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Brighton’s Madeira Drive allocated for walkers and cyclists

Coronavirus: Brighton & Hove City Council uses new pandemic road closure powers

20 April 2020
Madiera Drive
Madiera Drive


Brighton & Hove City Council is reallocating seafront road space for local people to get their daily exercise. Madeira Drive be temporarily closed to motor vehicle traffic and open to residents in the area to walk and cycle from 20 April.

The road closure is being done under emergency powers granted by the UK Government as a response to the COVID-19 epidemic to provide space for people to exercise safely once a day.

Cllr Anne Pissaridou, chair of the city’s environment, transport and sustainability committee, said: “Madeira Drive is a long, wide road right by the seafront and will create an extra safe open space for local people in the area to use for their daily walk or bike ride. It will provide a traffic-free place for the many residents in that area who do not have access to a garden.

“Practising social distancing is making us all aware of the importance of public spaces and making us rethink how we use them, but I would also ask that cyclists and pedestrians respect each other’s space and safety in this shared area. We’re all in this together.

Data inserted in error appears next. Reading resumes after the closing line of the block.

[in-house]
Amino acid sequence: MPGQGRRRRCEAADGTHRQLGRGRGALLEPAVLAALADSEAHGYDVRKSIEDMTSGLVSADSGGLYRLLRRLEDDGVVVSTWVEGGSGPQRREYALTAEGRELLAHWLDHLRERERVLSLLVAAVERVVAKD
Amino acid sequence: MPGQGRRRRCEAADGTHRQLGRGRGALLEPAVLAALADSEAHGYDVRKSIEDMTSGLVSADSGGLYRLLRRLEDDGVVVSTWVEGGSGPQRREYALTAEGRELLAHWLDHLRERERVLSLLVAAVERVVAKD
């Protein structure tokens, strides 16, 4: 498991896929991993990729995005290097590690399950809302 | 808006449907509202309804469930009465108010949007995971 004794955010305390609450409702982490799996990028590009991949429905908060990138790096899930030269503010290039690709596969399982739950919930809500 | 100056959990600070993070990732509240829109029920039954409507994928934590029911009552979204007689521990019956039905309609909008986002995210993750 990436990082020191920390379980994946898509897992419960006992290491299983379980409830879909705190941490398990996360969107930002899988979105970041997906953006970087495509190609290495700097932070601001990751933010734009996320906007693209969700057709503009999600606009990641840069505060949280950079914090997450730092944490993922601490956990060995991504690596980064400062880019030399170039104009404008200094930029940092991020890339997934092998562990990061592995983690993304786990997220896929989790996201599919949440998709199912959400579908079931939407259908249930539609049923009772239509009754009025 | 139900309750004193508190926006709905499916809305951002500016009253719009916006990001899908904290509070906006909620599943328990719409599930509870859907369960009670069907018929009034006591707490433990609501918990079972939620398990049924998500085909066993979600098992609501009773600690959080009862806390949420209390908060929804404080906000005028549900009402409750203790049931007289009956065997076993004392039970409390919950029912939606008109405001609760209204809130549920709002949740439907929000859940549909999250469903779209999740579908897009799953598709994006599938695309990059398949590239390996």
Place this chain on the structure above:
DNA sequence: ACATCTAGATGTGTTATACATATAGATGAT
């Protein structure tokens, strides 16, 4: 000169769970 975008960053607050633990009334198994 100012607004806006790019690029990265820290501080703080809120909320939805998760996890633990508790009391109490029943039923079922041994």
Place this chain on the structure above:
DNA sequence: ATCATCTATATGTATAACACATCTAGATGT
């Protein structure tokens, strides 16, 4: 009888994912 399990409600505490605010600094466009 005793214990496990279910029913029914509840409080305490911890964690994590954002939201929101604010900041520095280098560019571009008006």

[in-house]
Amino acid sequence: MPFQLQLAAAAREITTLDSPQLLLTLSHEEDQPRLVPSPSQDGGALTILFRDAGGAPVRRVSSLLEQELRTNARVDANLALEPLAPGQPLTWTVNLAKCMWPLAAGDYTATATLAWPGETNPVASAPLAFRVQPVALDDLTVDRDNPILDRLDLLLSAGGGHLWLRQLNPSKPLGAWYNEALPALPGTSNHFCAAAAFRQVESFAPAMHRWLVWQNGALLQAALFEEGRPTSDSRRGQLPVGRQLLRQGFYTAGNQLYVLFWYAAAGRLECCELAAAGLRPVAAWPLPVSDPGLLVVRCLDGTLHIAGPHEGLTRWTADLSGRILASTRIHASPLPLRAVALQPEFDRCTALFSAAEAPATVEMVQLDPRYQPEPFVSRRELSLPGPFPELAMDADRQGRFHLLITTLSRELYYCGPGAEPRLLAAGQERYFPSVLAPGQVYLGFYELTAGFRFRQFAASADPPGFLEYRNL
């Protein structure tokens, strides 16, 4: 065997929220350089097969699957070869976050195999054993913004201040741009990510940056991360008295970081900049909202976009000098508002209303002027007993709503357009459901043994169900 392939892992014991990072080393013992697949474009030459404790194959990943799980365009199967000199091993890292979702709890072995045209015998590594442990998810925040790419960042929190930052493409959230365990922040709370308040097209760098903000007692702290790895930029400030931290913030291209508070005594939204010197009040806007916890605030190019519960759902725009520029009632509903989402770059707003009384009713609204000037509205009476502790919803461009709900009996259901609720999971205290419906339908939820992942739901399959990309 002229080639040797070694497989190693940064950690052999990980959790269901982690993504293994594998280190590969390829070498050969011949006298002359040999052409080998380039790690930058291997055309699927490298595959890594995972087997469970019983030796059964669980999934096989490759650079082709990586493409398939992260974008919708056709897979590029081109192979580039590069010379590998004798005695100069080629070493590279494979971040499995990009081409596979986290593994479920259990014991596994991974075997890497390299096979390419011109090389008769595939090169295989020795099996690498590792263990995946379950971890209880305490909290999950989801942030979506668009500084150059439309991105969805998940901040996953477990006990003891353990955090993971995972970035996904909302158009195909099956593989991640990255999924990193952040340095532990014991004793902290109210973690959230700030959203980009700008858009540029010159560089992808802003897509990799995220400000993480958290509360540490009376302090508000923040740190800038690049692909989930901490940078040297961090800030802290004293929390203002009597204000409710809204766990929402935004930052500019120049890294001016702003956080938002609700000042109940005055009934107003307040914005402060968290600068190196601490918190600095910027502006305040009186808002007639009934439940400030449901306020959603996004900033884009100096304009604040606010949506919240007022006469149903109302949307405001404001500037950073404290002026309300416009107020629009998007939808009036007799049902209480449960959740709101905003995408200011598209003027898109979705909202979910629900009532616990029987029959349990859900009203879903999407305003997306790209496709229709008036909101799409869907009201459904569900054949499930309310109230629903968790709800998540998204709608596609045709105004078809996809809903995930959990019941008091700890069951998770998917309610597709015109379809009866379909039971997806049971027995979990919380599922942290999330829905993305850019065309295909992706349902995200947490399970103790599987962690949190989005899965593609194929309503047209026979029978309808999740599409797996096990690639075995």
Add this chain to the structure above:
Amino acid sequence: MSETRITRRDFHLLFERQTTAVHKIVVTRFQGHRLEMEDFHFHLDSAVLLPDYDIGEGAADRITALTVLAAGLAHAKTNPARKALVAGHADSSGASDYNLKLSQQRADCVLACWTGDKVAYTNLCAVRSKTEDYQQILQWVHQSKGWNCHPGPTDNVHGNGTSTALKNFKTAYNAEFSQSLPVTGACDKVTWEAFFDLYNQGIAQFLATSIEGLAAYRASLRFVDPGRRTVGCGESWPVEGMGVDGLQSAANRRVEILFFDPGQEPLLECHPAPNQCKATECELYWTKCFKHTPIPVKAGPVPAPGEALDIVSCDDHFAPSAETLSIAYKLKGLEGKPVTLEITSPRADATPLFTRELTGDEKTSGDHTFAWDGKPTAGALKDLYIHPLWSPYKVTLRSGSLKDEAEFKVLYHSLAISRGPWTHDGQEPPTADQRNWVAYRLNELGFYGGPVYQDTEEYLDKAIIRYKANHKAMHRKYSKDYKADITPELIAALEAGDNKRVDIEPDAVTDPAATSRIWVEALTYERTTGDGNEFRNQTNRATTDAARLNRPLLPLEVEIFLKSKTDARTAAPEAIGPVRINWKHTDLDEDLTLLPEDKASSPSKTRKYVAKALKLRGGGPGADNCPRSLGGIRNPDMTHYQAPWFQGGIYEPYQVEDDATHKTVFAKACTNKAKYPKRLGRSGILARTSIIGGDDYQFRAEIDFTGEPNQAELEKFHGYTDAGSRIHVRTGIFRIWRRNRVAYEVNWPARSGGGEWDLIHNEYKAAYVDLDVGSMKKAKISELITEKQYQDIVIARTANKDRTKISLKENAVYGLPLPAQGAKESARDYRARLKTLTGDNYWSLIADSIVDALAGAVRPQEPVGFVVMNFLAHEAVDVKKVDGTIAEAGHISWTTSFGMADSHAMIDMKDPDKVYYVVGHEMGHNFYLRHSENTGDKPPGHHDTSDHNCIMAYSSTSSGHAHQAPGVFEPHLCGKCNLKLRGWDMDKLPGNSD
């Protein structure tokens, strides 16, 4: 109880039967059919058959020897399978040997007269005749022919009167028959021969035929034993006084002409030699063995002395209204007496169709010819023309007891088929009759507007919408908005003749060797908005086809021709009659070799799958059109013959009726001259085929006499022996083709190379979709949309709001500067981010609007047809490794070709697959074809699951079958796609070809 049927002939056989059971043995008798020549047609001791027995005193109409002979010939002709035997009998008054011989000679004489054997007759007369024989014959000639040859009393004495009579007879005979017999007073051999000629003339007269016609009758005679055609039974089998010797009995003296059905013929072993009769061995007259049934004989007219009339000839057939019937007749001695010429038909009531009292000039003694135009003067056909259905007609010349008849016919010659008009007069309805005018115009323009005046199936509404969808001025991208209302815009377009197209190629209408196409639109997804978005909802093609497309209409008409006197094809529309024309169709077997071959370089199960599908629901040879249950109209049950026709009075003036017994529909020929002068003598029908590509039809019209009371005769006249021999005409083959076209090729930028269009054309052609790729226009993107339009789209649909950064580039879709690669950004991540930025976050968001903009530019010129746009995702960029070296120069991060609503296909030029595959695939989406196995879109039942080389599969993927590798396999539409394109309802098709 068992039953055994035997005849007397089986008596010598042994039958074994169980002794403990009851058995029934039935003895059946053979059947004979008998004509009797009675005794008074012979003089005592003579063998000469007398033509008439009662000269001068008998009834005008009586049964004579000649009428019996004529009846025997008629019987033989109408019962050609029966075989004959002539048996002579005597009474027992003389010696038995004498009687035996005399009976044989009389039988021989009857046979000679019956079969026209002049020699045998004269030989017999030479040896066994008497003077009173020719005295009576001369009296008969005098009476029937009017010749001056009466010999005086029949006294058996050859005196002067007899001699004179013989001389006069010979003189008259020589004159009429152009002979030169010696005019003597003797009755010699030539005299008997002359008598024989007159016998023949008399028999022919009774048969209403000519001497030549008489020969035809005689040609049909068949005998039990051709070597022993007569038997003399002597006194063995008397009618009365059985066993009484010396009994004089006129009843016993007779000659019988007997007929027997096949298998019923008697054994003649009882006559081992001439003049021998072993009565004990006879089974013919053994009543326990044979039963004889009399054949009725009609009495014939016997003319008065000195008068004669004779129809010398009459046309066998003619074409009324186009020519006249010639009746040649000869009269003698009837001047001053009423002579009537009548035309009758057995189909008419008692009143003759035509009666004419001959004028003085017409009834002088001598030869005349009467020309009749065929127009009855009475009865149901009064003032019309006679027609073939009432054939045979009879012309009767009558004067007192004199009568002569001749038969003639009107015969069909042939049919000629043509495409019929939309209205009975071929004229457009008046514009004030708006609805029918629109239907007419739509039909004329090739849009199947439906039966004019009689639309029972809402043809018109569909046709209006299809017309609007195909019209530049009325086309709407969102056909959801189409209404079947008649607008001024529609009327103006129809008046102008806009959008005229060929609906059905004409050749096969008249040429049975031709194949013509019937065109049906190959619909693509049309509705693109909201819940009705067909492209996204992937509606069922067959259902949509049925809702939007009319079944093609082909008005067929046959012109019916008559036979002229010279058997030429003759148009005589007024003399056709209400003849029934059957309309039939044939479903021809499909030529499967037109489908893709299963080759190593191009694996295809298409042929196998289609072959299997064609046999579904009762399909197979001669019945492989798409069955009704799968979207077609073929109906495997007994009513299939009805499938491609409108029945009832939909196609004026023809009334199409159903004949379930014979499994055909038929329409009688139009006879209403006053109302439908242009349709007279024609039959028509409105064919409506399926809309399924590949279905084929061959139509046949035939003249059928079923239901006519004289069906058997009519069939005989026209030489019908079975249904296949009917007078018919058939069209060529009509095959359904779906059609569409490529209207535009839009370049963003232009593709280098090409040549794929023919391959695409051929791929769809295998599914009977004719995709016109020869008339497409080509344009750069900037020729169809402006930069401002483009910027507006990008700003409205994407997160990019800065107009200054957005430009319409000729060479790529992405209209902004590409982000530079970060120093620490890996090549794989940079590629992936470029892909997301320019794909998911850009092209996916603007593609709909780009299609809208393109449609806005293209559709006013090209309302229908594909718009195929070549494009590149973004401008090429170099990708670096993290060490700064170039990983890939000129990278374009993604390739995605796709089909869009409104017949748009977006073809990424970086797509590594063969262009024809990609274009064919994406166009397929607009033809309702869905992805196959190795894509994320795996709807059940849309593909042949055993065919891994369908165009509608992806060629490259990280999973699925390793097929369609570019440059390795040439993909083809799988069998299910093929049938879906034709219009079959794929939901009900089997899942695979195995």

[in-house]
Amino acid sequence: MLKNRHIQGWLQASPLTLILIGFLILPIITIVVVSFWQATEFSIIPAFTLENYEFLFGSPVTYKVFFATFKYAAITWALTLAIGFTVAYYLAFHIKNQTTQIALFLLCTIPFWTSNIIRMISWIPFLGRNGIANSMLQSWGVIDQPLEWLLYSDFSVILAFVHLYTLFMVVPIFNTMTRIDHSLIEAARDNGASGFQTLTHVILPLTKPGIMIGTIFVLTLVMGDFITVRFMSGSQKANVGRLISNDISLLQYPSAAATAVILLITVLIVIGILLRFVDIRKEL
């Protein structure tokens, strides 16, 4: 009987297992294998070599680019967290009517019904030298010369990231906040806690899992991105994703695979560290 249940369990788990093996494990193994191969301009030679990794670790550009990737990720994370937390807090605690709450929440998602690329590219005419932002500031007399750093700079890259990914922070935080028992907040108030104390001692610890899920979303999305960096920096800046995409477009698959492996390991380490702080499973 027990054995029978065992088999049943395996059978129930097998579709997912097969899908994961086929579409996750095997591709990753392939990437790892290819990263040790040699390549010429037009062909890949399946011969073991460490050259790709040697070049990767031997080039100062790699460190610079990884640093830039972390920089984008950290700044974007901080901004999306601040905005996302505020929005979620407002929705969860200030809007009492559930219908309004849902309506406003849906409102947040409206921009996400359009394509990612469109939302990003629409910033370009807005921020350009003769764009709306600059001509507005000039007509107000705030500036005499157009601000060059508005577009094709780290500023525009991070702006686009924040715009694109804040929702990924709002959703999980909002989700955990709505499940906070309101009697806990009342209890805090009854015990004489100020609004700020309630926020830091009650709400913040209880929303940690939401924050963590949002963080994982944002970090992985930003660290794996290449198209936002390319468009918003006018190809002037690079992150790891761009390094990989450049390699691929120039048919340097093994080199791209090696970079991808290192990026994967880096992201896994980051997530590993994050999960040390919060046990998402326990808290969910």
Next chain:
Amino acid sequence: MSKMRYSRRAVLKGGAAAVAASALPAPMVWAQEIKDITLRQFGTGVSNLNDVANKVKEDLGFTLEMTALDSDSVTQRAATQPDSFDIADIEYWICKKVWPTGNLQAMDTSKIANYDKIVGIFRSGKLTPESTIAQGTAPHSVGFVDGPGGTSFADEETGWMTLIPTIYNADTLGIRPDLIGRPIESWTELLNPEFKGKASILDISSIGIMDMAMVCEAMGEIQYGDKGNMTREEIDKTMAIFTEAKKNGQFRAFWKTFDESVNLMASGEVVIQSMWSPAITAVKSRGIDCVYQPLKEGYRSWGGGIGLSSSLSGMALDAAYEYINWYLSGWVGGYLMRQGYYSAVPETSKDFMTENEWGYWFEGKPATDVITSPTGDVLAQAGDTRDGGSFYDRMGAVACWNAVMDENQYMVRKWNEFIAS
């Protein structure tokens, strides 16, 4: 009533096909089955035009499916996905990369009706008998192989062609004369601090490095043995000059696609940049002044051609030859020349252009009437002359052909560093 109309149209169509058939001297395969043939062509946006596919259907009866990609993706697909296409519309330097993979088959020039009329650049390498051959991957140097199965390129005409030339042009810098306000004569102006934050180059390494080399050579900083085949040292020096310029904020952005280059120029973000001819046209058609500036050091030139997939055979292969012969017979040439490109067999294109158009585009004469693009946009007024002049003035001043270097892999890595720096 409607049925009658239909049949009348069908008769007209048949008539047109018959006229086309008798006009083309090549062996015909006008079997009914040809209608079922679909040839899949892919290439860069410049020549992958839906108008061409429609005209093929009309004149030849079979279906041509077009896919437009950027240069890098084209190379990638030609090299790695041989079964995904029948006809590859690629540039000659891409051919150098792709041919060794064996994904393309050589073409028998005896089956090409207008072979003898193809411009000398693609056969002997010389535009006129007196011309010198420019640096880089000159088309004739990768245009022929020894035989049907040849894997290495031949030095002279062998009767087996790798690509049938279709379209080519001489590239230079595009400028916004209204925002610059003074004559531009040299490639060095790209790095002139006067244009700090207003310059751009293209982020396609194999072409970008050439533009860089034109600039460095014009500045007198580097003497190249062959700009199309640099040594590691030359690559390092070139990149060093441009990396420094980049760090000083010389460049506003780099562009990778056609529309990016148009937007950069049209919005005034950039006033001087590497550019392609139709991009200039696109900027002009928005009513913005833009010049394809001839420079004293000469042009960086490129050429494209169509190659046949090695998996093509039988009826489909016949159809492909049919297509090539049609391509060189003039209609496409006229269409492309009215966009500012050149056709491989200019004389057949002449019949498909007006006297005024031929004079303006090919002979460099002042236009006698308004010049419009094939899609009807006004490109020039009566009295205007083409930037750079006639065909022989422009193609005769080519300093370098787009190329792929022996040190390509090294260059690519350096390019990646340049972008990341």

“We are pleased to be able to offer this change so quickly and are considering other locations to see if we can extend this to other roads in the city.”

Madeira Drive and Duke’s Mound will be closed to motor vehicles. Madeira Drive for its full length from the Palace Pier roundabout and will be stewarded from 8am to 8pm daily so that businesses have essential access to properties; this will be done at the top of Duke’s Mound.

Signs will be put up advising people to keep a safe distance.

The move comes as towns and cities around the world respond to a decrease in traffic numbers as a result of the coronavirus restrictions and look at opportunities to temporarily open up more space on roads for their residents to keep healthy during lockdown

Other cities that have reallocated road space during the COVID-19 epidemic include Vancouver which has made roads in Stanley Park traffic free and Berlin where cycle lanes have been widened.


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